Pumpkin, not Halloween only

Pumpkin, not Halloween only


From poor ingredient to queen of the table. From peasant dish to protagonist of fairs and gastronomic events. From decorative element to cultural icon. The pumpkin, as Cinderella would say, has been transformed into a "carriage" following a brilliant path of rediscovery and enhancement in recent years.


There are many ways nature expresses its beauty – pumpkin is one of them.

It is a resistant, rustic and generously produced vegetable, which does not require too much attention other than being well watered. It is harvested in autumn and can last for months, a factor that has always made it, in peasant culture, one of the sources of heat to face the winter. Once dried, its hard rind can become a large container. Proof of this is the Piedmontese term «Lapacuse», with which the inhabitants of Piozzo were indicated, today the destination of one of the most important fairs in Italy dedicated to squash, which is held in October. The term - which is found with some variations also in other dialects - indicated the "squash lappers" (the cusa), because they used to transform the pumpkins into water bottles to quench their thirst while working in the countryside.

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The colors, aromas and flavors of Asti, Roero, Monferrato and Langhe. This is the new advertising claim launched by Duchessa Lia on the main media outlets: print, TV and radio. Wine is the gateway to the wonder of its territory, an invitation to explore its land of origin through colors, aromas and flavors. So we decided to dedicate the articles that will be published on our Blog to the colors, scents and flavors of wine: conveying its ability to take us on a unique sensory journey in a simple and direct manner.  

After talking about the color and aroma of wine (you can read our entries here and here), we continue with the flavors of Piedmontese wine, starting with some iconic regional dishes. 

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So, they said: pumpkin?

In nature, there are over 500 varieties of squash, which belong to 15 large families of cucurbits, of which only 5 are edible: the vegetable squash or zucchini (cucurbita pepo), the giant squash (cucurbita maxima, to which most part of the varieties of pumpkins we know), musk squash (cucurbita moschata), Siam squash (cucurbita ficifolia) and ayote (cucurbita argyrosperma). The other 455 varieties, truly marvelous in shape, surface and color (there are purple, blue, mottled, lumpy, mushroom and duck gourds) are mostly decorative.

Even the famous Halloween pumpkins, those with the classic orange ribbed shape, cannot be eaten: perhaps for this very reason they have become the object of artistic carvings. Tradition, in fact, wanted a turnip to be dug, the one used in the famous Jack-o'-lantern legend, of Irish origin. It is said that the protagonist placed a brand inside a turnip as a lantern because his soul, condemned for debauchery, was forced to wander in eternal darkness. The Irish, who arrived in the United States, found that the local pumpkins were much softer, more spectacular and easier to carve than turnips, and they changed the legend, giving life to a new tradition.

THE FAMILY OF EDIBLE PUMPKINS

Today, ornamental pumpkins have become the very icon of Halloween, but edible ones, in the meantime, have conquered the autumn tables. Among the most popular pumpkins is the legendary Hokkaido, the pumpkin of Japanese origins, truly exquisite and practical: floury, dry and highly malleable, it expresses an excellent chestnut taste and can be eaten (once cooked) with the peel! It is suitable for pies, purées, gnocchi as long as you appreciate the dominant aroma.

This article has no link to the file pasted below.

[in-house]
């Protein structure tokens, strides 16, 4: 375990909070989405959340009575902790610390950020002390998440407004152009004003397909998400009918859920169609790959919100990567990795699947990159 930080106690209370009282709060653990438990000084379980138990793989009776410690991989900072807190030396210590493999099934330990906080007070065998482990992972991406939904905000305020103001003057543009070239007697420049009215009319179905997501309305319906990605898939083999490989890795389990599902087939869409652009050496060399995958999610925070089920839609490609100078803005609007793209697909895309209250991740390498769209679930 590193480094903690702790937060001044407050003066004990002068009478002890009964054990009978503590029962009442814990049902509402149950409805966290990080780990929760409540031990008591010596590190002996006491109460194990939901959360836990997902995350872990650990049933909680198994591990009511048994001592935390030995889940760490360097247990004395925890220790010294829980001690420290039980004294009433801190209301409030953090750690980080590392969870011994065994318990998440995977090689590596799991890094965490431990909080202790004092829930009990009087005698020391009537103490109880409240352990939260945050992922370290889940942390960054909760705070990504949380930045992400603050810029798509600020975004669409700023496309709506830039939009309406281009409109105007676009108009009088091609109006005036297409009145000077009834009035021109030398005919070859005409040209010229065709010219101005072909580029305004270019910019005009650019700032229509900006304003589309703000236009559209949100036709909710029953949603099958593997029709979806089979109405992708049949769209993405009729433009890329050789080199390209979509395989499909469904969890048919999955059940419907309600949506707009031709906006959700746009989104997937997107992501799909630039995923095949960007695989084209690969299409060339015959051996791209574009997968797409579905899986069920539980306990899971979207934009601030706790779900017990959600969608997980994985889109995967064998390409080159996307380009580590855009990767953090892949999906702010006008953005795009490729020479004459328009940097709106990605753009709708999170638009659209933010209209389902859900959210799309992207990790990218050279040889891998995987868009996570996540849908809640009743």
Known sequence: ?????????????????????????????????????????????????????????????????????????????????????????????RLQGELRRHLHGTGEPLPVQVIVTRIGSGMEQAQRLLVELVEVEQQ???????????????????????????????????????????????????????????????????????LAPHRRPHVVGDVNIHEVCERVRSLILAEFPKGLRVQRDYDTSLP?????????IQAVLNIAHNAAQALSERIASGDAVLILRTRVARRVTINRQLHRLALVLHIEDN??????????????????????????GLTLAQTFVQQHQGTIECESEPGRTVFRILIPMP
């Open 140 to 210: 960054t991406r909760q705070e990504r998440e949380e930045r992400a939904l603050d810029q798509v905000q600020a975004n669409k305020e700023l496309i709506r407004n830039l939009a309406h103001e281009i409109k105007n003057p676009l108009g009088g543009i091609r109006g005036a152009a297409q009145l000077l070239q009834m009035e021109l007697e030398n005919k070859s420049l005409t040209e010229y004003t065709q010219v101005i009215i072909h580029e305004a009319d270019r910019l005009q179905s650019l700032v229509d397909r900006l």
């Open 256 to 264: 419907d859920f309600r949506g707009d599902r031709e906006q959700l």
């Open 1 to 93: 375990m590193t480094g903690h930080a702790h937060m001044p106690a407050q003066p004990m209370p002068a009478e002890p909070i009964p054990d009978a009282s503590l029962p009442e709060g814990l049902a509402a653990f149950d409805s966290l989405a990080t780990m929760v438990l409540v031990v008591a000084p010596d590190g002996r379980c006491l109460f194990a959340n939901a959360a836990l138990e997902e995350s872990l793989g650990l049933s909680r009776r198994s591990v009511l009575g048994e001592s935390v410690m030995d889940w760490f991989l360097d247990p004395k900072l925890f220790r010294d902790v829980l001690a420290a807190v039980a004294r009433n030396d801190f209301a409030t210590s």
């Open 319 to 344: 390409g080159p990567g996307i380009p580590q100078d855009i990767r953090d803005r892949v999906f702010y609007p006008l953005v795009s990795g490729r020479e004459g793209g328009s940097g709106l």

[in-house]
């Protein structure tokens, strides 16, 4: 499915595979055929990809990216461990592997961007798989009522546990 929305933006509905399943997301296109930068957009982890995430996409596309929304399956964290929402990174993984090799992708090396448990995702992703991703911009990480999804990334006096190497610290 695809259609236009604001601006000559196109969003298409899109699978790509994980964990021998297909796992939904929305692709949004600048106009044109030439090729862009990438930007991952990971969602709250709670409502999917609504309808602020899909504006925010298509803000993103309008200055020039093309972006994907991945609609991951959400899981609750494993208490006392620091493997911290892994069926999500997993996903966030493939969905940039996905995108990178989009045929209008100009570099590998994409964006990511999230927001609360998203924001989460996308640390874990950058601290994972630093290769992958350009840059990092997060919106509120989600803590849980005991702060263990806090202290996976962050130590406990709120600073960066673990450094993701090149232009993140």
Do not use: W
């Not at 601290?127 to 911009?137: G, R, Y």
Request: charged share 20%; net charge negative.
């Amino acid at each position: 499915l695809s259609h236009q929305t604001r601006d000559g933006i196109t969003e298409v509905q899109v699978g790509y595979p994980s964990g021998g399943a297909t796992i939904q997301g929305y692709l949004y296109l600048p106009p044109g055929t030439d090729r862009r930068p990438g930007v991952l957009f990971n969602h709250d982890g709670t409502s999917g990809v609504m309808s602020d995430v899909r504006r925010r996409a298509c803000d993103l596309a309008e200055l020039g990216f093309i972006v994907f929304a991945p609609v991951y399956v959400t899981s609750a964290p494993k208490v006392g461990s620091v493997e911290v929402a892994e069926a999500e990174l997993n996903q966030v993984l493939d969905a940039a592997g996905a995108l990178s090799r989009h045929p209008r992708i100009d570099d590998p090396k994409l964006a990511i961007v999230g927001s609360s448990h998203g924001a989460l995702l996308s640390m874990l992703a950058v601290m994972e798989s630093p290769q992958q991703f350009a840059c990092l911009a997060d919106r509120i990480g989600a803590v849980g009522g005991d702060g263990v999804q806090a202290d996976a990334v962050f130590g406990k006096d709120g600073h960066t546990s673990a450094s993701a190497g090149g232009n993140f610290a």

The classic Mantovana, with its mushroom shape and greenish skin, is the queen of tortelli. Perfect as a delicious side dish for savory dishes, it is suitable for fillings, jams and desserts.

Then there are the Delica (perfumed and dry), the Marina di Chioggia (lumpy and with an intense flavour), the Butternut (pear-shaped, perfect for baking), the Lunga di Napoli (suitable for any recipe), the Trombetta d'Albenga (elongated and twisted, perfect for sautéing) and the very strange Zucca Spaghetti (in which the pale yellow pulp is made up of long longitudinal fibers which, once cooked, resemble spaghetti). There are many varieties within the family of edible pumpkins, but let us, with a certain amount of pride, mention again the masterpiece of Piedmontese agriculture: it is the Zucca di Piozzo, a miniature version of the classic Halloween pumpkins. Crunchy and firm, it is the non plus ultra for risottos (it transforms into a delicious cream when cooked) also because its size, about 500 grams, represents the perfect dose for 4 people.


The Pumpkin Fair of Piozzo| Ph.Credits Proloco


To conclude this roundup, we want to suggest a recipe. Our favorite is 100% Piedmontese: a soup of Zucca di Piozzo with Bra sausage crumbs. The preparation is so simple as to be obvious: the pumpkin must cook for about twenty minutes before being blended. Brown the pieces of Bra sausage separately and add them to the dishes when you serve them. A rare delight.

As an accompaniment we can only recommend the Dolcetto d'Alba Doc Duchessa Lia which, moreover, goes perfectly with any pumpkin-based dish. The delicately vinous flavor with an almond finish completes the sweetness of the pumpkin and the enveloping tannins invite you to a new glass!


The Pumpkin Fair of Piozzo| Ph.Credits Proloco


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